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Power of Experience

Power of experience

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I’m not sure how this is possible, but we’re just one week away from race weekend. From a training perspective, we’re in what’s called ‘taper’. It’s a time to take the intensity down, stay active, but focus on rest. The goal is to recover physically so your muscles are literally twitching as you approach the start line, begging you to let them loose and get after it. It’s been a glorious experience so far as I feel stronger as each day passes.

I’ve also heard, however, that the mind can play tricks on you during taper. You question the work you’ve done up to this point and start to really panic that you won’t be ready come race day. I’m trying not to fall victim to this. Reflecting on the past 10 months has been interesting. I’ve missed plenty of workouts. I’ve almost quit…multiple times. I’ve let life get way out of balance and have had to fight to bring work life, family life, personal life, and spiritual life from the brink of disaster throughout the year. A friend of mine at work, however, passed on a great quote to me last week that says “If you want to achieve anything big, the chances are your life will get seriously out of balance for a while.” No kidding. Could have used this 10 months ago!

I can honestly say that this is the first time in my life where I’ve trusted God 110% and followed him into the unknown with all my heart. As scary as this has been, God has been there with me every step of the way. As I approach the Ironman start line in a week, I’m feeling at peace. God has brought me through so much this year and has never let me down. It hasn’t been easy, but He’s kept his promises and I intend to keep mine to see this out.

Just this morning, I was received a devotional by Ransomed Heart Ministries that talks about the Power of Experience and relates it to the story of David and Goliath. It’s a quick read. Check it out below:

“The armies of Israel have drawn up against the armies of the Philistines, but not a single shot has been fired from any bow. The reason, of course, is Goliath, a mercenary of tremendous size and strength, renowned for his skill in combat. He’s killed many men bare-handed, and no one wants to be next. David is barely a teen when he goes to the camp and sees what is going on. He offers to fight the giant, at which point he is brought before the king, who in turn attempts to dissuade the lad. Saul says, “You are not able to go out against this Philistine and fight him; you are only a boy, and he has been a fighting man from his youth” (1 Sam. 17:33 NIV). Sound advice, the likes of which I wager any of us would offer under the same circumstances. David replies:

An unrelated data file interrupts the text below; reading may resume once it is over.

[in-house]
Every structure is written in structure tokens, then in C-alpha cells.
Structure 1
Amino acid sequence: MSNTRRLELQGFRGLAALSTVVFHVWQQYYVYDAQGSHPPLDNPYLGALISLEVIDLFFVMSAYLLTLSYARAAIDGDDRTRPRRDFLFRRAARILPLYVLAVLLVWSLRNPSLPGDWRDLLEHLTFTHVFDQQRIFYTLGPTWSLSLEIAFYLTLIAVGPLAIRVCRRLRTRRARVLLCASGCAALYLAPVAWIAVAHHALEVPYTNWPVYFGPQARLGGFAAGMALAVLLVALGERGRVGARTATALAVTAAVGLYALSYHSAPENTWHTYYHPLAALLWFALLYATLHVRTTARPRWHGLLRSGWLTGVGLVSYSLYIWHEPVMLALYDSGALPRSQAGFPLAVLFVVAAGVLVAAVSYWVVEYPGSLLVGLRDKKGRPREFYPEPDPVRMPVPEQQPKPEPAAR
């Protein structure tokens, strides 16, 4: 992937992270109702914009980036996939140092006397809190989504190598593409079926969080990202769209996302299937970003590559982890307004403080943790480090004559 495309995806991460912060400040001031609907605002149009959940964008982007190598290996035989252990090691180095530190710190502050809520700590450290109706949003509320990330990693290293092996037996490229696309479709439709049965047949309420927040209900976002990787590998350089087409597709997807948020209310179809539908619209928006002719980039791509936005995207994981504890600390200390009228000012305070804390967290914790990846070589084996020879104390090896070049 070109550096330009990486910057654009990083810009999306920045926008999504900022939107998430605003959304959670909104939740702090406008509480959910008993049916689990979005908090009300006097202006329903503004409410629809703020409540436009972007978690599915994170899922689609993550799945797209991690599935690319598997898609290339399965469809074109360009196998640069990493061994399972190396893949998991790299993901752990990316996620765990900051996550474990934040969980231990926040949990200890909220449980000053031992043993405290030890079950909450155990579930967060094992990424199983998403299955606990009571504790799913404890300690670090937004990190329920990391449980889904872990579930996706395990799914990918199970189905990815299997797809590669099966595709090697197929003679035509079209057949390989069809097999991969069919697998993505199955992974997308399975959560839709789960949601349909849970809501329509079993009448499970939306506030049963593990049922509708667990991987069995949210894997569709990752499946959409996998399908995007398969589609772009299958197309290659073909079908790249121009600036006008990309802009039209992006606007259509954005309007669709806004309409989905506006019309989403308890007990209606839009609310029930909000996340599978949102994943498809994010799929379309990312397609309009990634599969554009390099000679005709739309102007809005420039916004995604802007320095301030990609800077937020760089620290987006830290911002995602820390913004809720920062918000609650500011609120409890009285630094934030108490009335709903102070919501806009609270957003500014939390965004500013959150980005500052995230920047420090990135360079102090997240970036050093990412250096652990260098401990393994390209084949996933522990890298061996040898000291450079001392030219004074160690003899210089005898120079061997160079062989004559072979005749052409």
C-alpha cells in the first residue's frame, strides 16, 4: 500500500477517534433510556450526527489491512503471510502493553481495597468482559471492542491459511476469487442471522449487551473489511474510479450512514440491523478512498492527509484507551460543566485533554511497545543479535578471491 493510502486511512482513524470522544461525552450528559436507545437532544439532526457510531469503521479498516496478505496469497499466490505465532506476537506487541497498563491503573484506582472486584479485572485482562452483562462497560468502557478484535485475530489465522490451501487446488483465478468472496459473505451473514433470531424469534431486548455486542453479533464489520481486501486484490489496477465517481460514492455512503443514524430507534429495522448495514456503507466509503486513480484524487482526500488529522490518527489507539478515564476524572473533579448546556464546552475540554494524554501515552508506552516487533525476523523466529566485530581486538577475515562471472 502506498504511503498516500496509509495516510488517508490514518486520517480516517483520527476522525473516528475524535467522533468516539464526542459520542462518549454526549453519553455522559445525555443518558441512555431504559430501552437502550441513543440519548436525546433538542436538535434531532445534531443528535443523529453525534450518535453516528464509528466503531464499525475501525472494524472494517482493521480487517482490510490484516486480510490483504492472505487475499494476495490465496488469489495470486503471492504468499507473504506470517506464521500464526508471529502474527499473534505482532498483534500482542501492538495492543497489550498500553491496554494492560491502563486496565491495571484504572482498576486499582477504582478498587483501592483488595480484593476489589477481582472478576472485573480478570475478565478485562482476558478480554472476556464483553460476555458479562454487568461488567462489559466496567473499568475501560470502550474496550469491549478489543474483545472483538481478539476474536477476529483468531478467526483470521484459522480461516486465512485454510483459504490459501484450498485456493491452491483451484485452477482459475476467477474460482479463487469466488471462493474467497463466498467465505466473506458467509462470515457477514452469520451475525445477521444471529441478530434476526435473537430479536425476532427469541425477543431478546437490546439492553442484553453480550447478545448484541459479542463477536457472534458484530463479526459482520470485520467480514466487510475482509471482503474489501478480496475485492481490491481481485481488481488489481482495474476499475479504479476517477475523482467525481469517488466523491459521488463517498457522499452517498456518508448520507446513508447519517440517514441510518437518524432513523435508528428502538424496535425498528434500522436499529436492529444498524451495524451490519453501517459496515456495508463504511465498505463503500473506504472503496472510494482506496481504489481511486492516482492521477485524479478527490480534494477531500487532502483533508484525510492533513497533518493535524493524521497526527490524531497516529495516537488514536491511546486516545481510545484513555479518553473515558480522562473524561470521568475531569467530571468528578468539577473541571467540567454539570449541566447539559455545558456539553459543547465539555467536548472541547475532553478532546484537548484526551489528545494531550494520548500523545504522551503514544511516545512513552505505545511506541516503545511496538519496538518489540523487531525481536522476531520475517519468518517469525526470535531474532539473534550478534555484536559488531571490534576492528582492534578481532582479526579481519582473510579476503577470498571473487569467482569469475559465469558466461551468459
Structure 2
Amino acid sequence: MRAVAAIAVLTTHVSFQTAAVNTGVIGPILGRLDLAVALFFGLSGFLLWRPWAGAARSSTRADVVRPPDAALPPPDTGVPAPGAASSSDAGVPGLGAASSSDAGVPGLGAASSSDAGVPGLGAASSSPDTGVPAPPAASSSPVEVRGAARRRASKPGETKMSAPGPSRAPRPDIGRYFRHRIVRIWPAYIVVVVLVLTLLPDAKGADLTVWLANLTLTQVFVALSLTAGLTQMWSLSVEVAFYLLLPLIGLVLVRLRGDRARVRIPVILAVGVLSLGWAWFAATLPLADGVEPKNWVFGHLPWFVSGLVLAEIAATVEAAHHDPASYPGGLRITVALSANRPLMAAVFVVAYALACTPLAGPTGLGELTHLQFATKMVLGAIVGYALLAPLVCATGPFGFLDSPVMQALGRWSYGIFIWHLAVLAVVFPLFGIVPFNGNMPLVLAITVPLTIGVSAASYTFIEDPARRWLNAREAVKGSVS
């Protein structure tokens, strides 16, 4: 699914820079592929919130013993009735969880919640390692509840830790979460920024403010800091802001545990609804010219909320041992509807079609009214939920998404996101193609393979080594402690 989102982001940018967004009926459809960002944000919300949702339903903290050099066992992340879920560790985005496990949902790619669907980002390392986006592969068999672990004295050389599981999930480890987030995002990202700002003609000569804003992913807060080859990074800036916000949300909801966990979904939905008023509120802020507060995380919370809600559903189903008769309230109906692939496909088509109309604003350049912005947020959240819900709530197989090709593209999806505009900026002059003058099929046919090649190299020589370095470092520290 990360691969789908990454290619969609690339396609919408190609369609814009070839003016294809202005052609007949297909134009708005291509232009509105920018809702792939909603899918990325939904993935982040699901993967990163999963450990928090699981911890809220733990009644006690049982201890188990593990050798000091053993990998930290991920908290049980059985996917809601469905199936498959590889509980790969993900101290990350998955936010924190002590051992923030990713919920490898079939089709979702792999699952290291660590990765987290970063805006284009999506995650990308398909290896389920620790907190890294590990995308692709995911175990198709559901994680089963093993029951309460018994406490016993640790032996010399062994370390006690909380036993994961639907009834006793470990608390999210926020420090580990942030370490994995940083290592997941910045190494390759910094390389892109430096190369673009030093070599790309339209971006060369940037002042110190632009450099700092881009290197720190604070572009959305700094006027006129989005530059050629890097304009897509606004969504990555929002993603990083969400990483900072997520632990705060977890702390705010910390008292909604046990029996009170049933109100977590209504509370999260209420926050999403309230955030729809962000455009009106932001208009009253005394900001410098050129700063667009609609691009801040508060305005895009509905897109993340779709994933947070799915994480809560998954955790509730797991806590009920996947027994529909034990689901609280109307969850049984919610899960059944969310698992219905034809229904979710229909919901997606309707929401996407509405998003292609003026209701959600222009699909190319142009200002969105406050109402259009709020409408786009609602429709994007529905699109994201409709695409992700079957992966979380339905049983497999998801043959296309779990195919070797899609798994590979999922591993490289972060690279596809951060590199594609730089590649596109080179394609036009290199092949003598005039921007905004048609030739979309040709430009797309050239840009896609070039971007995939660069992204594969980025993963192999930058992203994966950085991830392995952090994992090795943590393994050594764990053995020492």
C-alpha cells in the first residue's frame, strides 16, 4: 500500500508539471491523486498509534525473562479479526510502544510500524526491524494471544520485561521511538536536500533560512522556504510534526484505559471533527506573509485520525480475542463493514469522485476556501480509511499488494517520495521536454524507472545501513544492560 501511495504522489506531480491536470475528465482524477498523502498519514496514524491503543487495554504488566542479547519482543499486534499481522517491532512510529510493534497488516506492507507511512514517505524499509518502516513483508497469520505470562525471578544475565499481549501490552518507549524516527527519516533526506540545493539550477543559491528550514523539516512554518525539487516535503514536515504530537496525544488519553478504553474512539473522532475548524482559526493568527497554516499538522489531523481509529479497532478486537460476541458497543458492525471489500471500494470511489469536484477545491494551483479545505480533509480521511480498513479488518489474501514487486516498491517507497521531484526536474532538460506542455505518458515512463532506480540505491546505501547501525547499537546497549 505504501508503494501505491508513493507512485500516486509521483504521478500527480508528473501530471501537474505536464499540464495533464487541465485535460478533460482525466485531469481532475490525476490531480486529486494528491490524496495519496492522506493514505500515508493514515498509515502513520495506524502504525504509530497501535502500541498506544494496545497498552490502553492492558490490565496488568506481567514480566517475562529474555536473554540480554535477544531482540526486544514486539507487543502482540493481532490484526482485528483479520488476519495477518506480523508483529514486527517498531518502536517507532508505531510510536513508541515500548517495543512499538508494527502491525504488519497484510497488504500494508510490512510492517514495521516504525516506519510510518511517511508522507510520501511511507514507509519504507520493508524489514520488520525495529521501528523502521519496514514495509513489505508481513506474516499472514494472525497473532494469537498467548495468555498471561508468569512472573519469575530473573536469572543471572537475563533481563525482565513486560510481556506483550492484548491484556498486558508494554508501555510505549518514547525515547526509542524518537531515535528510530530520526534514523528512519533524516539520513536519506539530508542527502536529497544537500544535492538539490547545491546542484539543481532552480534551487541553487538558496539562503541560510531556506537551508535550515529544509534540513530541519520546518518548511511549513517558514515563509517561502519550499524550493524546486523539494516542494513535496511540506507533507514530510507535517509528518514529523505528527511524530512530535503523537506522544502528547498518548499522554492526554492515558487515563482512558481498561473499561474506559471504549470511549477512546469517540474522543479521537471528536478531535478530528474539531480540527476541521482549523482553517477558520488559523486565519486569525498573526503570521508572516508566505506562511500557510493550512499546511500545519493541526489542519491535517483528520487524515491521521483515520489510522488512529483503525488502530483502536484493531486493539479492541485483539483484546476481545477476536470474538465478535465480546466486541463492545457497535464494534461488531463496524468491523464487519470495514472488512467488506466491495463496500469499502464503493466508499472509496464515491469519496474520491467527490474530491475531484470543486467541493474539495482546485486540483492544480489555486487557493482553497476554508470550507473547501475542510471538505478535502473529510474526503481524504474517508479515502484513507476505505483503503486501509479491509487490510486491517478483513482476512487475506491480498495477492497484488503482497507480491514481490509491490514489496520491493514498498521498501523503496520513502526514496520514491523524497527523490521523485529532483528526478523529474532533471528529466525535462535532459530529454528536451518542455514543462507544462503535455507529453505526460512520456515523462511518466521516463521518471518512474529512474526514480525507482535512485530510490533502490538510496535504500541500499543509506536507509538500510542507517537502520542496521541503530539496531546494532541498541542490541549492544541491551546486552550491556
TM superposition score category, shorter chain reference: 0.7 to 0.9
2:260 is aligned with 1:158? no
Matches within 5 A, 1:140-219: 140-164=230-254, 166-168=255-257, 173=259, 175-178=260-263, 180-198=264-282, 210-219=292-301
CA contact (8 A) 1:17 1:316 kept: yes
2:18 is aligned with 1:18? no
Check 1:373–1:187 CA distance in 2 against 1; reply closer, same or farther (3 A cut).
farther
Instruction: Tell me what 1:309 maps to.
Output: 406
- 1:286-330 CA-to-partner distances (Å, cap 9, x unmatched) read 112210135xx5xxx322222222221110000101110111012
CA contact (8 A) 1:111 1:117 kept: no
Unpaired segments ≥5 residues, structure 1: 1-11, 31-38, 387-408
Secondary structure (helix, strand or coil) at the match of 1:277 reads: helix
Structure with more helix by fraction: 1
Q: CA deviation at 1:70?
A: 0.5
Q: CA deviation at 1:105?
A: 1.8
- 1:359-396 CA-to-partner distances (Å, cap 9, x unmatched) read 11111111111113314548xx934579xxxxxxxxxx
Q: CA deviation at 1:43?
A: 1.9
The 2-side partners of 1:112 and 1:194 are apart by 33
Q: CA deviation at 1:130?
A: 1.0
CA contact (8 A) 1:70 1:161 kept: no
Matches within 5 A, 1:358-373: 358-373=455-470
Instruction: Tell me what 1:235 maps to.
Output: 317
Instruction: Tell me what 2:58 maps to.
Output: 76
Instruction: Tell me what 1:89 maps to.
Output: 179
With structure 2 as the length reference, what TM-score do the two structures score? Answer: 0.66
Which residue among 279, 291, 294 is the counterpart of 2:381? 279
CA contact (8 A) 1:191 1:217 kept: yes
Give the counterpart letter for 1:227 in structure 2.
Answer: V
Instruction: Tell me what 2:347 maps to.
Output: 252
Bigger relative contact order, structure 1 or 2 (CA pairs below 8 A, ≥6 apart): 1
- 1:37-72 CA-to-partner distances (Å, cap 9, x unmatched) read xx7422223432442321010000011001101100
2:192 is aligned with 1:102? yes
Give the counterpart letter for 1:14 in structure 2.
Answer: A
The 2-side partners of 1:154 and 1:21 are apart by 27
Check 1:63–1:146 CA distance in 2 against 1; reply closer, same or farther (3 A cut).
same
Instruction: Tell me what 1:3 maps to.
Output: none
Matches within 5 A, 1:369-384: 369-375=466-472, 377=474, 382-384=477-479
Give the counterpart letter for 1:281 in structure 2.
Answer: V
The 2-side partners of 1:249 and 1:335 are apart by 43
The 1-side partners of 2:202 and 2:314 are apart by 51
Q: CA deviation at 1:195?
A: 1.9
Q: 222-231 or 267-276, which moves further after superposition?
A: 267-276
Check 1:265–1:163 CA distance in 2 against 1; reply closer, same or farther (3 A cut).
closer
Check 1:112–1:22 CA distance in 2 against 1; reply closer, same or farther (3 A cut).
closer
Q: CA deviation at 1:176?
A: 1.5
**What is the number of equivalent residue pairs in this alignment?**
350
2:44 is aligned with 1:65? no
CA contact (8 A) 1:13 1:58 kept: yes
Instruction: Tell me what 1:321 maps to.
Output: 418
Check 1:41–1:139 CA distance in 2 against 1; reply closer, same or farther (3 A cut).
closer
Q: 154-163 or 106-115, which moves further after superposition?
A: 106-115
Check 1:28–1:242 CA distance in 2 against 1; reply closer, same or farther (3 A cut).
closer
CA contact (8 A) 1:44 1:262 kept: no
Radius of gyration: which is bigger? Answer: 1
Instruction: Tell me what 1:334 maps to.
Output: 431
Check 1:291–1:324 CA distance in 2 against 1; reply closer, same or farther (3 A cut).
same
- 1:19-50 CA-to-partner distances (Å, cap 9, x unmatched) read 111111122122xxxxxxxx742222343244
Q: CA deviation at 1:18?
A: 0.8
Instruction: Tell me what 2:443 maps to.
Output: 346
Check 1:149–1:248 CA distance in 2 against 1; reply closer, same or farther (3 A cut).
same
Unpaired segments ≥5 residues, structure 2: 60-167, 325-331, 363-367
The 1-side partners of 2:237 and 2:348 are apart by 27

Your servant has been keeping his father’s sheep. When a lion or a bear came and carried off a sheep from the flock, I went after it, struck it, and rescued the sheep from its mouth. When it turned on me, I seized it by its hair, struck it and killed it. Your servant has killed both the lion and the bear; this uncircumcised Philistine will be like one of them, because he has defied the armies of the living God. The LORD who delivered me from the paw of the lion and the paw of the bear will deliver me from the hand of this Philistine. (verses 34-37 NIV)

Being a shepherd David learned lessons here that would carry him the rest of his life. The life of the shepherd was not a sweet little life with lambs around. It was a hard job, out in the field, months camping out in the wild on your own. And it had its effect. There is a settled confidence in the boy-he knows he has what it takes. But it is not an arrogance-he knows that God has been with him. He will charge Goliath, and take his best shot, trusting God will do the rest. That “knowing” is what we are after and it only comes through experience. And may I also point out that the experiences David speaks of here were physical in nature, they were dangerous, and they required courage.”

At the risk of being cliché, I’ve found great encouragement by this story. The past year has been hard. A lot of time away from family, alone on the road, fighting my own head, and trying to figure out how I’m going to finish this for God and for His people in Africa he’s called me to serve through this.

My first swim in December was a train wreck. Down and back for 50 total yards. Heart rate was through the roof and my arms were dead tired. Thoughts of ‘What did I just commit to?’ consuming me. Turns out, it was the start of one heck of a journey. Each workout pushed me out of my comfort zone. Each fundraising ask and blog post felt terribly inadequate and embarrassingly vulnerable. But through it all God has been right there beside me and picking me up as I fell.

Ironman is my Goliath. It’s laughing at me. My first-ever triathlon was this past July. Ironman will be my second. The math doesn’t work. Much like David and Goliath didn’t make sense. But the faces of the people I’m fighting for stay fresh in my mind. The collective workouts have produced an unlikely warrior in me to take down Goliath and help bring an end to suffering in Africa.

“There is a settled confidence in the boy-he knows he has what it takes. But it is not an arrogance-he knows that God has been with him. He will charge Goliath, and take his best shot, trusting God will do the rest. That “knowing” is what we are after and it only comes through experience.”

I can’t wait to take that first swim stroke, take my best shot, and trust that God will do the rest, both physically and financially. Ironman, I’m coming after you.

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